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Just Darts Since 2009
USA Today is running a story from the Associated Press, giving an account of the death of Pat Tillman.
It was a terrible mistake, all too common in war. As I read it, the soldiers who fired on Tillman and an Afghan ally were ambushed and panicking. Their failure to identify the men before shooting was in retrospect tragic, but seems understandable.
I’m not sure which of the findings the AP reports should be considered “startling,” though.
Is it this?
Investigators have been stymied because some of those involved now have lawyers and refused to cooperate, and other soldiers who were at the scene couldn’t be located.
Terrorist prisoners of war are to be provided with legal counsel, but our soldiers shouldn’t be?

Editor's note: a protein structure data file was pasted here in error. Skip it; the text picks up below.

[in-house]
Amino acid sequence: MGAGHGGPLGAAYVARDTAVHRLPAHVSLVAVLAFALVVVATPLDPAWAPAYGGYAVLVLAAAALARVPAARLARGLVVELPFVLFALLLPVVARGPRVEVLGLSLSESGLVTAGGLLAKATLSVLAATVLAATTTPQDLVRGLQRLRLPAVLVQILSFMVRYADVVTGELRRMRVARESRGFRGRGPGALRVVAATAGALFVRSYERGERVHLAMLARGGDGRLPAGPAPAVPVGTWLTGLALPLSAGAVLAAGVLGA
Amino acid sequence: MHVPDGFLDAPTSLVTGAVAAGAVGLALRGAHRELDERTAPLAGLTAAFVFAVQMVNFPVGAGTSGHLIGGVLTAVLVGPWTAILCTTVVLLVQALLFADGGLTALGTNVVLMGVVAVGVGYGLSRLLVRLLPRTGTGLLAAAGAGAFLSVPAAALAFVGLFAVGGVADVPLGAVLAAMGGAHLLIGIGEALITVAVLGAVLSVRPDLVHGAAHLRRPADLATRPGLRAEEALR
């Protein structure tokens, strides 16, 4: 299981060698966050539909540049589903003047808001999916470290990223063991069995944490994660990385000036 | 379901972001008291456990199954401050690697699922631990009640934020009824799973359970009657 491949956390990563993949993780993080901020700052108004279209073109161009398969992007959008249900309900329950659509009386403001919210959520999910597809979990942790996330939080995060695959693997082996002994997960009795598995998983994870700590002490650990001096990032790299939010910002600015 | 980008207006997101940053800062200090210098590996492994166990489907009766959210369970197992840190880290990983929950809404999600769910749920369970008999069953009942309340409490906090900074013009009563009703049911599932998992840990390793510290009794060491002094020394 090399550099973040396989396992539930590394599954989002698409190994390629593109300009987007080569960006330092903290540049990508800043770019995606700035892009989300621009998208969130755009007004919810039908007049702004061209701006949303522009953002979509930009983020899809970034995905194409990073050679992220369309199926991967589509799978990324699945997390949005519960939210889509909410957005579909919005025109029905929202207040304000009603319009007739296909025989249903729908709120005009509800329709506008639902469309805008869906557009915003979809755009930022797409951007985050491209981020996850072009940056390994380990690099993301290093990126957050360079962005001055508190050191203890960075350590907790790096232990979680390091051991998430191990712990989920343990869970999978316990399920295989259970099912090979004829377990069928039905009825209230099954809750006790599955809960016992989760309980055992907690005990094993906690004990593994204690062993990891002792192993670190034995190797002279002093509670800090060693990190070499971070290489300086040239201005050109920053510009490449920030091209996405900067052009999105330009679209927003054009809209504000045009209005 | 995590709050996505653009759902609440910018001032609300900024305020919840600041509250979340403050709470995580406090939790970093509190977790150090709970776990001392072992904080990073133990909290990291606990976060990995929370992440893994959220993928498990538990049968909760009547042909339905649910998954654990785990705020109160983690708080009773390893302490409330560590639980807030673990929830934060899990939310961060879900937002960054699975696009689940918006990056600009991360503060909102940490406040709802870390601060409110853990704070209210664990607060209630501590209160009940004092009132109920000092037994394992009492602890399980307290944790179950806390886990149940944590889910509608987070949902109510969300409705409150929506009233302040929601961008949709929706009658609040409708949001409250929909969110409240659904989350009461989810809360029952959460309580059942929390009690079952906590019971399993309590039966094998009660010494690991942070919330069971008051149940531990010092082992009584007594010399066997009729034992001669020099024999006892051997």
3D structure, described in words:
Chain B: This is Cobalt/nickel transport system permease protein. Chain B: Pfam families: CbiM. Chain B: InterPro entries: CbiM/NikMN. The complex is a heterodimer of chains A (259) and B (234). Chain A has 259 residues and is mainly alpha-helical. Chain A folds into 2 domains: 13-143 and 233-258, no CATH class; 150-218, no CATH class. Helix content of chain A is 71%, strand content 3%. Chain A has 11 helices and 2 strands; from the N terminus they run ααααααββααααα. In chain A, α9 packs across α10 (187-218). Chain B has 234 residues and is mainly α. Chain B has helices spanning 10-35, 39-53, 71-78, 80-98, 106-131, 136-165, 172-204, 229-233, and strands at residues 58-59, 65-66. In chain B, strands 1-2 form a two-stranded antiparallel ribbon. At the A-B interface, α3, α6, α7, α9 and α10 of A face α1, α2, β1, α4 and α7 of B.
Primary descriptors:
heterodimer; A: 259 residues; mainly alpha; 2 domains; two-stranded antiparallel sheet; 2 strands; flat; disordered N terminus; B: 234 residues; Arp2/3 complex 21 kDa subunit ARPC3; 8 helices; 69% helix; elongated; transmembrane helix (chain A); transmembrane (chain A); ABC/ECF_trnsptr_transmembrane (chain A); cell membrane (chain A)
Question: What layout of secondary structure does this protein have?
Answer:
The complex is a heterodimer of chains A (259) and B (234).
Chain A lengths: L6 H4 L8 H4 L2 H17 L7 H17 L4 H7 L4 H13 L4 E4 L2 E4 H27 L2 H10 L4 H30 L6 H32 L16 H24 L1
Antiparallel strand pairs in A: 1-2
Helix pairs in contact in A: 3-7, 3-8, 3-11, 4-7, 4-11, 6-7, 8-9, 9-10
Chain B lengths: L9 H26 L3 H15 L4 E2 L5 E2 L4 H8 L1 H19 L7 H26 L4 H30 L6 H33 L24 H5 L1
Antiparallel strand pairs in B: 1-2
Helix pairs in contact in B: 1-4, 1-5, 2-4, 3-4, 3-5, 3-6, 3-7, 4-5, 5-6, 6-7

Or is it this?
Three of the four shooters are now out of the Army, and essentially beyond the reach of military justice.
If they deserted the Army, and are now in hiding, I think the reporters would have mentioned it. How startling is it that after something like this happening, and the ensuing investigations, these men would not want to re-enlist?
Here’s one thing that needs to be explained: why was Tillman’s body armor and uniform burned? It sounds like another case of trying to cover up something that was not a crime.
And who can blame them? It seems that there is no such thing as a mistake or an accident anymore. It is so easy for reporters to imagine that they would never make a terrible mistake.
So tell me, why do newspapers have to run corrections?